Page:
B. Production Materials
1. Is there any special equipment used during the whole production process? What are they?
Automatic harvesters, called "diggers" are used to harvest the crop, however, they cause excessive skinning and a majority of the potatoes are plowed and then harvested by hand. Diggers received their name because they go underground and bring the sweetpotatoes to the surface. Once sweet potatoes are gathered and loaded onto trucks they are taken to the storage sheds.

2. How was the production process handled before technological developments? What types of machines, if any, were used in the process?
Before mechanical transplanters, sweet potatoes were "pegged" into the ground by hand.

3. Are pesticides used in crop production? What are the most common types?
Muti-purpose fumigants that attack nematodes and other soil borne pathogens. Herbicides are used only if tillage is not sufficient to control weeds.

C. Grading
1. Is there an inspection that the product must go through before being packaged/sold?
Most packing houses grade their product according to buyer specifications and use in-house quality control measures.

2. Is the inspection conducted by county, state, or national officials?
State officials inspect on a random basis for food protection, but other state officials are used upon the request of the packing house to certify certain quality or grade. These inspections are most often required by the buyer.

3. What agency is responsible for the grading/testing and setting the standards?
The North Carolina Department of Agriculture and Consumer Services has inspectors that can certify produce as to a certain grade or standard. The standards are provided by the buyer or by USDA Standards.

4. How is the grading done? Is it for each individual piece, or per field, per farm, etc.?
Representative samples of the product (ready for sale) are taken and inspected for size, grade, defects and shape requirements. These samples are then used for the whole crop.

5. Give a basic breakdown of the scale used and what it means
Grade requirements: Similar type, reasonably firm, fairly well shaped, fairly well colored, free from damage and disease. A number one grade is the highest grade a sweet potato can receive.
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V. Packaging

A. Is the product usually sold fresh, frozen, dried, etc.?
Fresh, although frozen and dehydrated product is available.

B. If product is sold in a variety of ways what is the most common in NC?

C. Is the product packaged? If yes, how? (bags, boxes, bottles, etc)
Forty pound cardboard boxes are the standard, but they can be bagged or individually pressure wrapped.

D. Why is it done this way? Is it economical, prevents bruising, industry standard or for shipping purposes, etc.?
Economical standard for the industry
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VI. Shipping

A. Distribution
1. What is the most common method of distribution in your industry?
Chain store warehouse to store to customer

2. Is the product sold mainly to retail, food service, wholesale, specialty outlets or a variety of outlets? What is the most common?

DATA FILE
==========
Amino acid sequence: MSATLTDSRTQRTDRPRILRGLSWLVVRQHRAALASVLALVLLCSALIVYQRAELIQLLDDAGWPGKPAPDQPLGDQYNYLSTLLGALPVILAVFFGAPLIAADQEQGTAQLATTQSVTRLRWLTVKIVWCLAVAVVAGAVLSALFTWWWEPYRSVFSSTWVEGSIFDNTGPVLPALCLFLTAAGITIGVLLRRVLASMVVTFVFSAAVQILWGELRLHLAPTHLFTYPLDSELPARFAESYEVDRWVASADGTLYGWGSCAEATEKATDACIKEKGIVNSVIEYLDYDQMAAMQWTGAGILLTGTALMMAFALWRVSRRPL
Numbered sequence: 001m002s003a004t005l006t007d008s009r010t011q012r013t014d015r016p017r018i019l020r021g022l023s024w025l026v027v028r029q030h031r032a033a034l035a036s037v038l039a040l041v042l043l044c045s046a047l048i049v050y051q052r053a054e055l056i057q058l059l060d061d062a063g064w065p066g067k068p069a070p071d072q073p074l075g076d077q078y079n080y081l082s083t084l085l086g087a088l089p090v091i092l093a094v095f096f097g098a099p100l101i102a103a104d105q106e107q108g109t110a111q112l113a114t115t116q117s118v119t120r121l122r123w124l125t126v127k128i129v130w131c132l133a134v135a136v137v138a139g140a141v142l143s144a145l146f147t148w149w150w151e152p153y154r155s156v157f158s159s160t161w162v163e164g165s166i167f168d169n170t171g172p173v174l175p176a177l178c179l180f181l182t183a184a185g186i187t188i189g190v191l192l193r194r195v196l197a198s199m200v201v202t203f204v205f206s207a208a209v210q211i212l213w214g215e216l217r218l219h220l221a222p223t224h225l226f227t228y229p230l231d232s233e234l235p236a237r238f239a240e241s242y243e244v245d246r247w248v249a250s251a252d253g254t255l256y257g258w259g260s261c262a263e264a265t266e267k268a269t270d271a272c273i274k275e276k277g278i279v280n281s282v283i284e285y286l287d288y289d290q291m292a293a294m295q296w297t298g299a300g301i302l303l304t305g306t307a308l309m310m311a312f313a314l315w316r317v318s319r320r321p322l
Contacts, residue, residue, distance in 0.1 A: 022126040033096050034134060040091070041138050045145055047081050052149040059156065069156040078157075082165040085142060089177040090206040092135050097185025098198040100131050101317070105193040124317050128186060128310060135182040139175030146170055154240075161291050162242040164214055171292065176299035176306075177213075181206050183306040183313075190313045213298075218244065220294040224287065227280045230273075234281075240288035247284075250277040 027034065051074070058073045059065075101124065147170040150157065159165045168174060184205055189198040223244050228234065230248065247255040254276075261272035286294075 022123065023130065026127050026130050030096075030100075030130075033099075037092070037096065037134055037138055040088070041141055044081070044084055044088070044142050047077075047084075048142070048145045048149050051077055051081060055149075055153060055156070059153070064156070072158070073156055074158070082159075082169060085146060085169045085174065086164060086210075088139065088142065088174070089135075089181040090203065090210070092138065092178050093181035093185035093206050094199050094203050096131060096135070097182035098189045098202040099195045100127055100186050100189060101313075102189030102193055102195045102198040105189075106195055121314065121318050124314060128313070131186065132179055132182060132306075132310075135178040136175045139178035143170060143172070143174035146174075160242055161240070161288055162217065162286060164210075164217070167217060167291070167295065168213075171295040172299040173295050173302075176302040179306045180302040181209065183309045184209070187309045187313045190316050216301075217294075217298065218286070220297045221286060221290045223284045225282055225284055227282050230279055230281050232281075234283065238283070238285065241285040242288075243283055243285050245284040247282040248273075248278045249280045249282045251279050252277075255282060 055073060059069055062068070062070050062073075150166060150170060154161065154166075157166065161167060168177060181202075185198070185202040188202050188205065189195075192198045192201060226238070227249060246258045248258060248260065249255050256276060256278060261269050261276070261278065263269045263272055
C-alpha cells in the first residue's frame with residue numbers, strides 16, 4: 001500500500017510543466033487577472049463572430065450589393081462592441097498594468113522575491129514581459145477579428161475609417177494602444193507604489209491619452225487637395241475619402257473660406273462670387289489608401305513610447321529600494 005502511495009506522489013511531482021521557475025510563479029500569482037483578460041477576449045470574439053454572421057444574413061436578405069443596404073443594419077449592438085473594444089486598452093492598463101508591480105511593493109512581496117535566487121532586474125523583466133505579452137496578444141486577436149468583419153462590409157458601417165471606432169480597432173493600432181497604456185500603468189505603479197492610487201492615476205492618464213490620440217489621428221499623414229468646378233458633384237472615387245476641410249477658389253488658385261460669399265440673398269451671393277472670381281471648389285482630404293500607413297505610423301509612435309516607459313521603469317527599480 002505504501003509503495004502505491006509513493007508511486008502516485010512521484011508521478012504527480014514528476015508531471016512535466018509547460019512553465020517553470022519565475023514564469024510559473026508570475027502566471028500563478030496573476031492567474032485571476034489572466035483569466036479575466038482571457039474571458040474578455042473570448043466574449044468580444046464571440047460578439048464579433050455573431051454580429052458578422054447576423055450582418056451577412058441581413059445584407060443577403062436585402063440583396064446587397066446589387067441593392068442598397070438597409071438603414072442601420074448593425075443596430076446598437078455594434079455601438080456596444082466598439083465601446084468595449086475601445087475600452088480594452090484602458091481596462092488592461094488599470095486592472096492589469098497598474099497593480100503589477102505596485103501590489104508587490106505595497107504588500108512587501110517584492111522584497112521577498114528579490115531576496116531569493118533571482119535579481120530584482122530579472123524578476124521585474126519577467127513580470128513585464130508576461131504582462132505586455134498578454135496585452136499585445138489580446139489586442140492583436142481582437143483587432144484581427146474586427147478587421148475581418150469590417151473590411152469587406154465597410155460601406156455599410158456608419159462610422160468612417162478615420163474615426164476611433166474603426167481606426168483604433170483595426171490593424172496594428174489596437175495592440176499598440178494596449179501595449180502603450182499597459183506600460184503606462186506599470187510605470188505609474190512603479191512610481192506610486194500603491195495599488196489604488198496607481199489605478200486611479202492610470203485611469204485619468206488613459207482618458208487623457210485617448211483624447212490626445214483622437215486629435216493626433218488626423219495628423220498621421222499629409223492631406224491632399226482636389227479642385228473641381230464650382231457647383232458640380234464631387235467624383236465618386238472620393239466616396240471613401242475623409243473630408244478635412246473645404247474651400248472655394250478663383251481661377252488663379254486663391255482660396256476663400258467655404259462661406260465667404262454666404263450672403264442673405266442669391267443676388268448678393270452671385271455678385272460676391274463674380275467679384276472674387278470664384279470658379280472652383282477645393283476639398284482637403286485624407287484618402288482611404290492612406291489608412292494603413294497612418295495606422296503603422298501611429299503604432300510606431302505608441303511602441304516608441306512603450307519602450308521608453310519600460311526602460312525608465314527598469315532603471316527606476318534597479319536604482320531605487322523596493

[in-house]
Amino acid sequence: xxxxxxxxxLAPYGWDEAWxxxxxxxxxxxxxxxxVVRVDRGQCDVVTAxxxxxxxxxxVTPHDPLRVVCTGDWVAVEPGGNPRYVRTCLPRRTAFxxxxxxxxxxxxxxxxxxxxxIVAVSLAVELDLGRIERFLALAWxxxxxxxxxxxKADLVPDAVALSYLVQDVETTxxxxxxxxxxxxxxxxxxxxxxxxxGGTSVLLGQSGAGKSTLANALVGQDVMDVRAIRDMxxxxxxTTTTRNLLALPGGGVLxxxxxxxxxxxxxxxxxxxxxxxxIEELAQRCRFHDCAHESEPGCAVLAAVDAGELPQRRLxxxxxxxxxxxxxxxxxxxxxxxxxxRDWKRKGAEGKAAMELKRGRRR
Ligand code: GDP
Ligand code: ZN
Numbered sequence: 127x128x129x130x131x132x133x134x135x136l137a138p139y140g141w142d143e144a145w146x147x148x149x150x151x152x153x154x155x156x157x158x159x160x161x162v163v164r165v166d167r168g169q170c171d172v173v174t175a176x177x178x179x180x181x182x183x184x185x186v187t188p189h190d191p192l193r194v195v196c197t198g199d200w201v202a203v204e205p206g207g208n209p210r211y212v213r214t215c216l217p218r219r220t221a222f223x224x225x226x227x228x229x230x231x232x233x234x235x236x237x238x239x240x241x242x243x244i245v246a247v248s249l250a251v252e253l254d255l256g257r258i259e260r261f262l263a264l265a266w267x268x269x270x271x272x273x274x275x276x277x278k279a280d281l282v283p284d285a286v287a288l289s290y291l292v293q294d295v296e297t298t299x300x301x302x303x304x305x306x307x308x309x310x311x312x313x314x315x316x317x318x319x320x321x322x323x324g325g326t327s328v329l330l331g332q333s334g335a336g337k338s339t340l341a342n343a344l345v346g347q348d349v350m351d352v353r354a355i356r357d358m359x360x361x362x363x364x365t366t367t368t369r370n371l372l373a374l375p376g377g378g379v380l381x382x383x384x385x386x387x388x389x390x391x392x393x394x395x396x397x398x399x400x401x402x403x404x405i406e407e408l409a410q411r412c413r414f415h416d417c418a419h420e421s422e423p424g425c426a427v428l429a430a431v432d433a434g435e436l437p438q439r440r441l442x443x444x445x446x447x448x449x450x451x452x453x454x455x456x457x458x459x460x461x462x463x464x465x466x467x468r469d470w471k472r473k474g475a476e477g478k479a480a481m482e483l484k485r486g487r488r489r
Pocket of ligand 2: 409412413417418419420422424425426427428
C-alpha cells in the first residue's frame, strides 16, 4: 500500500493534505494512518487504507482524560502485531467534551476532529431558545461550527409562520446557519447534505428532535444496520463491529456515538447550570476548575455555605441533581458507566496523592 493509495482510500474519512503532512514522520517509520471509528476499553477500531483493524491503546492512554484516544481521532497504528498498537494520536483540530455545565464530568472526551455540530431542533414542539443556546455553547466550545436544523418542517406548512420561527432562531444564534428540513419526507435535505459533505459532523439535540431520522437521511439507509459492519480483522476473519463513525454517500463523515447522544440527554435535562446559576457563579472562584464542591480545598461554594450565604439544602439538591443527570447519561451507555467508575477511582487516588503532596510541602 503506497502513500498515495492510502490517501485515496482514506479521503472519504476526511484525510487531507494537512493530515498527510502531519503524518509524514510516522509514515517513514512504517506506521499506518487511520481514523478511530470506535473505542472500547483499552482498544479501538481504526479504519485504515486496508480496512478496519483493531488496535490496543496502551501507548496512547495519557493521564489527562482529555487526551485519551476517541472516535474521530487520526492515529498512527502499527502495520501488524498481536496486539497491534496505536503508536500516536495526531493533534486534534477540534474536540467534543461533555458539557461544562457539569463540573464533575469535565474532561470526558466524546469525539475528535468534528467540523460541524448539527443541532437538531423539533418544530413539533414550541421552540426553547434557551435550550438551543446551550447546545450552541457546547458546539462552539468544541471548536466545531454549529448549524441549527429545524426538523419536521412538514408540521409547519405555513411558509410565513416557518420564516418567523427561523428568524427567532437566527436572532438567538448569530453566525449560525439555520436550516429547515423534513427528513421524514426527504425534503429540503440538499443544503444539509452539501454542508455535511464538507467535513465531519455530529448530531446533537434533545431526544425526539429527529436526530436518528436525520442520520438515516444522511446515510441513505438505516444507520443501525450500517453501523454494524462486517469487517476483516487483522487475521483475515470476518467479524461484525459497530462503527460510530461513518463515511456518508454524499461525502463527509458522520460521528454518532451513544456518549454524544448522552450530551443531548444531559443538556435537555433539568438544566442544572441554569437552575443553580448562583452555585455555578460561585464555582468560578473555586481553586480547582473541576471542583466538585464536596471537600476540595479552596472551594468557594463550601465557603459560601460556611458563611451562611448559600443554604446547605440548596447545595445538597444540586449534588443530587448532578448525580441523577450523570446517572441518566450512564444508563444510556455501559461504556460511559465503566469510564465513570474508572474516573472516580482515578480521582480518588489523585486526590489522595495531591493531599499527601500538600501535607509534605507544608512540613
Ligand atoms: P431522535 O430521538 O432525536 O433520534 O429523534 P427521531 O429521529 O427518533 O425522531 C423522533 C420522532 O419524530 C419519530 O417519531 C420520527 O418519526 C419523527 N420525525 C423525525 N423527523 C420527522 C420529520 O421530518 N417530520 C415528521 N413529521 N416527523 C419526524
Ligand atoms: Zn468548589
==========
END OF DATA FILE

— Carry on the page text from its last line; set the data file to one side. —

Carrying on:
Wholesale distribution to retail outlets such as grocery stores.

3. Does the product go to one place, then another before ending up on a grocery store shelf or restaurant? If yes, where does it go?
Farm, Curing, Storage, Grading & Packing, Store Warehouse and then Individual Stores.

4. Is the commodity exported? Domestically, internationally?
Sweet potatoes are marketed domestically (within the USA) throughout the Eastern United States. They are also exported internationally to Canada and Great Britain.

B. Transporting
1. How is the commodity normally transported (from farm to retail outlet?
Truck, enclosed trailer

2. Does the transportation vehicle require special features? (Refrigeration, etc.)
The section of the truck that is carrying the sweet potatoes must be enclosed (not open to the environment).

3. Have methods of transportation changed over the years? (Before automobiles, etc. how was it transported?) Or has method of transportation stayed the same? And if so, how is it done?
Before moving automobiles, horses and wagons were used. Upon the invention of the railroads during the Industrial Revolution, trains were used. As technology developed, trucks became the most common method of transportation.
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VII. Buying

A. Product
1. What is the product used for? Are there different uses?
Sweet potatoes are used as main dishes, side dishes, desserts, and drinks. Remember when cooking a sweetpotatoes that three medium sweet potatoes equal one pound. One pound of sweet potatoes equal 1 1/4 cups pureed.

2. When purchasing/inspecting the commodity (at the store) how do you know it is fresh?
Select firm, well-shaped, sweet potatoes with smooth skin. Avoid those with soft spots, bruises, or any signs of decay.

3. Is there a trick to buying and finding ripe/fresh product? (Smell, thumping, shaking, color etc.)
Make sure that you pick sweet potatos that are free from bruises.

4. What are the storage techniques for the crop after being brought home?
Do not refrigerate sweet potatoes unless they are cooked. Cold temperatures can cause them to become bitter. Instead, store them in a cool, dry place and use them within a week or two. When cutting a sweet potato always use a stainless steel knife and place them into cold water to prevent darkening.

B. Labels
1. Is your product required to carry a label?
Sweet potatoes must carry a label stating net weight, distribution point, and grade statement.

2. Is there an industry standard for the label, or is it individualized for each company/producer/grower?
Individualized, but all have required minimum information.
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VIII. Nutritional Information

A. Food Pyramid
1. What group of the food pyramid does the commodity fall into?

2. Is there a recommended daily allowance of this? What is it?
Two to Four

B. What nutrients are found in the commodity? How is this helpful?
Sweet potatoes are good for your health! They are low in sodium, cholesterol free, fat free, high in fiber, contain minerals and vitamins A, C and E. Sweet potatoes are also more nutritious if cooked with the skin on. They are also rich in beta-carotene (a special kind of vitamin A). This vitamin helps your body wage war against free-radicals. Free-radicals try to damage your cells, but beta-carotene coats your cells and helps your immune system fight back.